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These proposals have generated opposition from the left and the right. The left is opposed to an increase in sales taxes because of their regressive effect on the taxpayers who can least afford it. The right is opposed to some of the tax proposals due to an increase in taxes for businesses. There are at least 10 states that have or are considering some reductions in income taxes, with very mixed outcomes. In Louisiana, Nebraska and Ohio proposals for big cuts in state income taxes were shelved. In Indiana the legislature reduced the scope of Governor Pence's income tax reduction and voted to phase it in over a longer period of time. The legislature also voted for a delayed phase-in to Governor Fallin's tax reductions in Oklahoma as well. North Carolina and Maine have introduced income tax reductions, while raising sales taxes and adding user fees. Republican legislators in Arkansas and Missouri also plan to pursue a reduction of the state income tax. THE POLITICAL PARTIES: IT JUST KEEPS GETTING WORSE As Americans continue to lose faith in American institutions, nowhere is this more true than in the decline of the two major political parties. History and logic would suggest that when one party suffers a decline the other party benefits. That was certainly the case for most of the past decade. But an interesting trend has developed since the early days of Obama's first term. Excluding the run up to the 2012 election - both parties favorability ratings moved in the same direction at the same time. This was likely caused by the publics overall disgust toward politicians in Washington. (See slides 10 and 11) The Republican Party The Republican Party has been going through a transition since the end of the George W. Bush presidency and the loss of the last two presidential campaigns. The establishment wing of the party that has been in control of the party since Reagans presidency over 30 years ago has been shoved aside by a Tea Party-inspired grassroots movement. The Club for Growth/Heritage Action conservatives have taken a dominant position over the Neocons and social conservatives. And the southern/southwestern geographic base that ushered in the Reagan era has become a party dominated by the plains, border states and the South. The only united principle for the Republican Party so far has been its ongoing opposition to President Obama. However, their focus on stopping the President rather than on solving our nation's problems has come at a price for the Party, as evidenced by their historically low ratings. A May 8th Pew poll found that 42% of respondents blamed Republican leaders for gridlock in Washington, while only 22% blamed Obama. Transitions are difficult and take time to sort out. Right now, its open season on the Republican Party with some of the most vicious attacks coming from their leadership and rank and file. Whats worse is that its all happening in public for the entire world to see. In short, the problems of the Republicans can be summarized as follows:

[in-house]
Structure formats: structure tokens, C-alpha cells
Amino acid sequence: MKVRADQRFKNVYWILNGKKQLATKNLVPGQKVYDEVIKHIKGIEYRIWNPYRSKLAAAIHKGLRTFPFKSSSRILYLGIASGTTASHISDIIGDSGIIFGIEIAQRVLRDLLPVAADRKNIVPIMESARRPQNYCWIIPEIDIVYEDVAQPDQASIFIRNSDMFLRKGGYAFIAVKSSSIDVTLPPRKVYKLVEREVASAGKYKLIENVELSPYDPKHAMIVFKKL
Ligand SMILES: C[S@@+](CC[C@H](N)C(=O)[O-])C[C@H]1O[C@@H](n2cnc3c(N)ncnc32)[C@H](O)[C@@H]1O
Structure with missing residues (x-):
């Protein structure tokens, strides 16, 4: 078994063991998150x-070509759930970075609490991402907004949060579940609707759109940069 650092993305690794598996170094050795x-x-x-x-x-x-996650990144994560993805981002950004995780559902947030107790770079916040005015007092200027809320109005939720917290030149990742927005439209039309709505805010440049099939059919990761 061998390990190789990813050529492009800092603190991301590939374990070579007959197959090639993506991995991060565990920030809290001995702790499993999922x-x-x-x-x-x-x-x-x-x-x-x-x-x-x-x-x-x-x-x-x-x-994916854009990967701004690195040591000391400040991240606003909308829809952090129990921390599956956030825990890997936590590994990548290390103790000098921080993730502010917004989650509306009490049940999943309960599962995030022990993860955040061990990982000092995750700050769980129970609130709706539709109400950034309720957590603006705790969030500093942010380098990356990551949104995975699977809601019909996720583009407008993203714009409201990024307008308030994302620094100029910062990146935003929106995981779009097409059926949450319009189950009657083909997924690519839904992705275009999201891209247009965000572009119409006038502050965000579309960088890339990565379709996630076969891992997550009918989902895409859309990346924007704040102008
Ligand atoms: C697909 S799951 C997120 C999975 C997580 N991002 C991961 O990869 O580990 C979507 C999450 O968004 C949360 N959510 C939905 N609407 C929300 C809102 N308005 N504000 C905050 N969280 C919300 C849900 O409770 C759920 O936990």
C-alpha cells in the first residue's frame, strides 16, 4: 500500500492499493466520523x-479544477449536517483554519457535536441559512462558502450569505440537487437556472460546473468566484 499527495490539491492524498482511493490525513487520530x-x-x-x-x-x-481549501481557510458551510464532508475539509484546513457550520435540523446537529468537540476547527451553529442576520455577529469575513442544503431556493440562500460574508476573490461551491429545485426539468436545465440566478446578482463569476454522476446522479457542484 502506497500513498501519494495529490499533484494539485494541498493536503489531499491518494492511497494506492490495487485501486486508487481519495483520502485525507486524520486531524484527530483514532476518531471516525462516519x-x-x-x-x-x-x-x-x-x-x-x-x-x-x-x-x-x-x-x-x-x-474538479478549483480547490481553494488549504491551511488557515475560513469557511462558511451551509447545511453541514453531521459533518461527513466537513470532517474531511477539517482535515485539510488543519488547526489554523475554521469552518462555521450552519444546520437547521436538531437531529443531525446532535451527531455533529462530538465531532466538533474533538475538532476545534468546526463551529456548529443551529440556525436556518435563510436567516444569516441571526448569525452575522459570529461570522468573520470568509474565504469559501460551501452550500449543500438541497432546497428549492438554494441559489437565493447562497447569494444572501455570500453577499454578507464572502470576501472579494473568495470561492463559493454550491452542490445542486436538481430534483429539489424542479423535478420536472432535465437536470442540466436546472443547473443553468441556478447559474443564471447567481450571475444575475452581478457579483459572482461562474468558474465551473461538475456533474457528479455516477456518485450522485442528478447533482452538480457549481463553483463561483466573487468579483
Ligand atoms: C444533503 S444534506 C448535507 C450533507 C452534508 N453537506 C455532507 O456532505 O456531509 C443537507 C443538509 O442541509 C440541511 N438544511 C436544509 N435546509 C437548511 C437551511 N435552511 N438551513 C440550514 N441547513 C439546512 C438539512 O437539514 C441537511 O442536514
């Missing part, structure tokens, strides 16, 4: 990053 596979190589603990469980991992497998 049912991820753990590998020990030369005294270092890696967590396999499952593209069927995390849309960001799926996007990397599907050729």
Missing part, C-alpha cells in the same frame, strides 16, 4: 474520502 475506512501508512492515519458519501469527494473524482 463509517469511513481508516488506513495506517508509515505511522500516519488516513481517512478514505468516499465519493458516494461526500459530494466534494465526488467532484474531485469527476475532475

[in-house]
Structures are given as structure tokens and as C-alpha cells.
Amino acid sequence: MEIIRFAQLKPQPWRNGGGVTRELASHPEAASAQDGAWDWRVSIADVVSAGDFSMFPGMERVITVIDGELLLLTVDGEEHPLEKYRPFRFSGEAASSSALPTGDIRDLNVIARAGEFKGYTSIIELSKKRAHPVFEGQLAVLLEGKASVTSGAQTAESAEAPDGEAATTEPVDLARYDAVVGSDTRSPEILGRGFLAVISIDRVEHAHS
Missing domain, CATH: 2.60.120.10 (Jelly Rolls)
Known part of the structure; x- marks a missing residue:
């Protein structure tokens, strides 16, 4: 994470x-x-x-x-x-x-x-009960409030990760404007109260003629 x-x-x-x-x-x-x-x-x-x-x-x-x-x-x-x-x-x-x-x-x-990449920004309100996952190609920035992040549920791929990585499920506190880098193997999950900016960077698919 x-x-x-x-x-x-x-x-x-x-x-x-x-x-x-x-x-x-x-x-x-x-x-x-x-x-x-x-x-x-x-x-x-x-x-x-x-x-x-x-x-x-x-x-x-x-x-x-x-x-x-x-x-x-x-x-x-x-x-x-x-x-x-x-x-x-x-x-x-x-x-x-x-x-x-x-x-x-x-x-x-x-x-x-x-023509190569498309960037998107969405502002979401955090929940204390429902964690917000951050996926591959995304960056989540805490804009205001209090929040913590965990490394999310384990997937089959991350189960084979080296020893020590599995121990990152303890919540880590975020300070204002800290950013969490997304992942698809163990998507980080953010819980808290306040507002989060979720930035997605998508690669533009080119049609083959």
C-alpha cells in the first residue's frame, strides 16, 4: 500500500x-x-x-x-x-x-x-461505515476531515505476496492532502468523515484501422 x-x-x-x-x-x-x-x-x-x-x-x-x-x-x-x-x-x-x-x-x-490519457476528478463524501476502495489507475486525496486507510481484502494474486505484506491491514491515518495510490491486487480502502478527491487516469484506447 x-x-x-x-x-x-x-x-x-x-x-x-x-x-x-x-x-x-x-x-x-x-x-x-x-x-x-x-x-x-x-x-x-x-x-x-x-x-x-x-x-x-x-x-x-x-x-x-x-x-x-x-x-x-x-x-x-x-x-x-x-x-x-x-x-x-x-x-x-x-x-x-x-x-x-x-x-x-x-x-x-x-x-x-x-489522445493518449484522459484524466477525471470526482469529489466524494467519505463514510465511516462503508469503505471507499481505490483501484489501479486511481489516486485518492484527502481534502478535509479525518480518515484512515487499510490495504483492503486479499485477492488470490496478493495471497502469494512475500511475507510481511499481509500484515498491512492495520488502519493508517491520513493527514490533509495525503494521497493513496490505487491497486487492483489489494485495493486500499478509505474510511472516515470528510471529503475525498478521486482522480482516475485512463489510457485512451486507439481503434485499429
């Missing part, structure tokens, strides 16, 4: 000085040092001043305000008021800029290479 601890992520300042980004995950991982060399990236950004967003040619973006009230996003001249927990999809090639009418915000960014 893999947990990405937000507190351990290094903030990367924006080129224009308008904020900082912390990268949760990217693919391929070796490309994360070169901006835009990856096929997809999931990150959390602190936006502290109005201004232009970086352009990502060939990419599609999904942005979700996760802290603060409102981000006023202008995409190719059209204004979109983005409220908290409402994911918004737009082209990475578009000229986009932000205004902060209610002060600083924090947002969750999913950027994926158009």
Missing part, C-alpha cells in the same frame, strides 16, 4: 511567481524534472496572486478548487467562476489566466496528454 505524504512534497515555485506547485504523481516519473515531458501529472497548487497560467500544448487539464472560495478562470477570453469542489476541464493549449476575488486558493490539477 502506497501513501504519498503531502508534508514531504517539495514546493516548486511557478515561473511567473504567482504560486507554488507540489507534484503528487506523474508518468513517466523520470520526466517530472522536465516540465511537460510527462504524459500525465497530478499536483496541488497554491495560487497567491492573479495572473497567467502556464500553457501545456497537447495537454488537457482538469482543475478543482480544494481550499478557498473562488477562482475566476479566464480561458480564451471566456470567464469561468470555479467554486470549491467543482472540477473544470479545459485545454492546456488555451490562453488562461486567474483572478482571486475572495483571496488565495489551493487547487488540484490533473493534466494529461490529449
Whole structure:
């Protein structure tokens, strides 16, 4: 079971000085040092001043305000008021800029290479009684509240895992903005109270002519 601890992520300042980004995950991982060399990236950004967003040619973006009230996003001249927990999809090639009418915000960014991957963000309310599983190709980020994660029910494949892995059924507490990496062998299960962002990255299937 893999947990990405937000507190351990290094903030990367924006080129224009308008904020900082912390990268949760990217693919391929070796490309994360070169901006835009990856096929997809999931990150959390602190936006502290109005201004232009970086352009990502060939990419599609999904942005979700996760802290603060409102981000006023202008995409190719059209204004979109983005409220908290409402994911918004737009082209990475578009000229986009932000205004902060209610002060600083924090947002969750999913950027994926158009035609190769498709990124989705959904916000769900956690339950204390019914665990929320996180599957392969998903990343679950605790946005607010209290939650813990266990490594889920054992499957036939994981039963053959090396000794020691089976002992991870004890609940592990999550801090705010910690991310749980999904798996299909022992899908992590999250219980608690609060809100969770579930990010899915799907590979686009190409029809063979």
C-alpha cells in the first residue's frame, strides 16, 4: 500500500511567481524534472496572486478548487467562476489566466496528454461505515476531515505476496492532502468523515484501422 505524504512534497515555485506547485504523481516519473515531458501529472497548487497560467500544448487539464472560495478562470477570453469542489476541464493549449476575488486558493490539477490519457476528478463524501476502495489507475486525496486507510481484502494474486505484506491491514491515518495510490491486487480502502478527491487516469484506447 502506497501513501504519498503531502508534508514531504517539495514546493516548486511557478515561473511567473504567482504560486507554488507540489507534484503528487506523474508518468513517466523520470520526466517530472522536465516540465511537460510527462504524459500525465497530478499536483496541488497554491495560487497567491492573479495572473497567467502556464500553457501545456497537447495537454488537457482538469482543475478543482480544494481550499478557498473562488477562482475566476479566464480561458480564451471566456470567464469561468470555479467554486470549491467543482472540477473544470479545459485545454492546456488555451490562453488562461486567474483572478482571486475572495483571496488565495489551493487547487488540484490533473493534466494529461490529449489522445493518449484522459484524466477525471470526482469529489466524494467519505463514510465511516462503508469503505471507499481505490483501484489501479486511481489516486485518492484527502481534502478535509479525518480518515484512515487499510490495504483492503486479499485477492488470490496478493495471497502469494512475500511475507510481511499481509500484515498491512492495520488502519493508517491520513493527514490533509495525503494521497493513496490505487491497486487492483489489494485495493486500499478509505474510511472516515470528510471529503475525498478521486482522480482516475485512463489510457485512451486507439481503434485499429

Doug Sosnik